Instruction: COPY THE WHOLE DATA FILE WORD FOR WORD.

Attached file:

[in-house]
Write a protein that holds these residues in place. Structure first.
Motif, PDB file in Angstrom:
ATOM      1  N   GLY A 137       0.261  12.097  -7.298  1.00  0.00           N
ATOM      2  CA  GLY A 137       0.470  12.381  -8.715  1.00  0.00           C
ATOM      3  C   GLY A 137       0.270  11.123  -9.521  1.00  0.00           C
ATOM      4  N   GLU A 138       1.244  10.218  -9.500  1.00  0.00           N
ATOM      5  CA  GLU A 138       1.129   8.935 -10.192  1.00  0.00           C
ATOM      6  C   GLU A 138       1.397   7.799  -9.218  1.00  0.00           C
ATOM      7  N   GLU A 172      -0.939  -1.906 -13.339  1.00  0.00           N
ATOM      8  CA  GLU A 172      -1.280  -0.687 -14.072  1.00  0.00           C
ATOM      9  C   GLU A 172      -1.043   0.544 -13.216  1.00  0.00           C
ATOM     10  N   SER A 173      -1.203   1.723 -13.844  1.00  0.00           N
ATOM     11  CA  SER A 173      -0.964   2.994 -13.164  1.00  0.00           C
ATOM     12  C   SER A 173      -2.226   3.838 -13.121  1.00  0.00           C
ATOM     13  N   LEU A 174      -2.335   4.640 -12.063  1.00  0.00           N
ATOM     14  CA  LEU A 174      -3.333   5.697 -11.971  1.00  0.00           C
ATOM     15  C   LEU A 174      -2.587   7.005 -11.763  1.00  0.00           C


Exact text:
[in-house]
Write a protein that holds these residues in place. Structure first.
Motif, PDB file in Angstrom:
ATOM      1  N   GLY A 137       0.261  12.097  -7.298  1.00  0.00           N
ATOM      2  CA  GLY A 137       0.470  12.381  -8.715  1.00  0.00           C
ATOM      3  C   GLY A 137       0.270  11.123  -9.521  1.00  0.00           C
ATOM      4  N   GLU A 138       1.244  10.218  -9.500  1.00  0.00           N
ATOM      5  CA  GLU A 138       1.129   8.935 -10.192  1.00  0.00           C
ATOM      6  C   GLU A 138       1.397   7.799  -9.218  1.00  0.00           C
ATOM      7  N   GLU A 172      -0.939  -1.906 -13.339  1.00  0.00           N
ATOM      8  CA  GLU A 172      -1.280  -0.687 -14.072  1.00  0.00           C
ATOM      9  C   GLU A 172      -1.043   0.544 -13.216  1.00  0.00           C
ATOM     10  N   SER A 173      -1.203   1.723 -13.844  1.00  0.00           N
ATOM     11  CA  SER A 173      -0.964   2.994 -13.164  1.00  0.00           C
ATOM     12  C   SER A 173      -2.226   3.838 -13.121  1.00  0.00           C
ATOM     13  N   LEU A 174      -2.335   4.640 -12.063  1.00  0.00           N
ATOM     14  CA  LEU A 174      -3.333   5.697 -11.971  1.00  0.00           C
ATOM     15  C   LEU A 174      -2.587   7.005 -11.763  1.00  0.00           C